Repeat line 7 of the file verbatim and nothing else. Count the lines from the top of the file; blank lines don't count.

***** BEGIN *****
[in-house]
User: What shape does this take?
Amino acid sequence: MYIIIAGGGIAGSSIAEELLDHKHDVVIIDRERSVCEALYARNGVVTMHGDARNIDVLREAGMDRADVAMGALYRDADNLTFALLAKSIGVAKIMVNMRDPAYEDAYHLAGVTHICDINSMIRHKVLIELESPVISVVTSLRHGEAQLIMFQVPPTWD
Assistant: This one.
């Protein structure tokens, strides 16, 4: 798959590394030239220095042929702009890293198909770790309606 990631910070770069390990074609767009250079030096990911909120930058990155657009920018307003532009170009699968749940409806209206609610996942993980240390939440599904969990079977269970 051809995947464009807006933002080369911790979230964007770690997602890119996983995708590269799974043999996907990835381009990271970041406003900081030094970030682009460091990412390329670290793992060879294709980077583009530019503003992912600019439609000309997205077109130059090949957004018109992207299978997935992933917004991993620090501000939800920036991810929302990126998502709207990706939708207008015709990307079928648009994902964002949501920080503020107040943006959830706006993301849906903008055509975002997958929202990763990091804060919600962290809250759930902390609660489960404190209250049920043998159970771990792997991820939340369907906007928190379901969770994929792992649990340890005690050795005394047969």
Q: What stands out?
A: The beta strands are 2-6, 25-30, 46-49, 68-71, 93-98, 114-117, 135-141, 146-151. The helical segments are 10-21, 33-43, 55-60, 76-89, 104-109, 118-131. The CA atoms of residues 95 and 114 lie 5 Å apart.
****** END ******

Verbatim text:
A: The beta strands are 2-6, 25-30, 46-49, 68-71, 93-98, 114-117, 135-141, 146-151. The helical segments are 10-21, 33-43, 55-60, 76-89, 104-109, 118-131. The CA atoms of residues 95 and 114 lie 5 Å apart.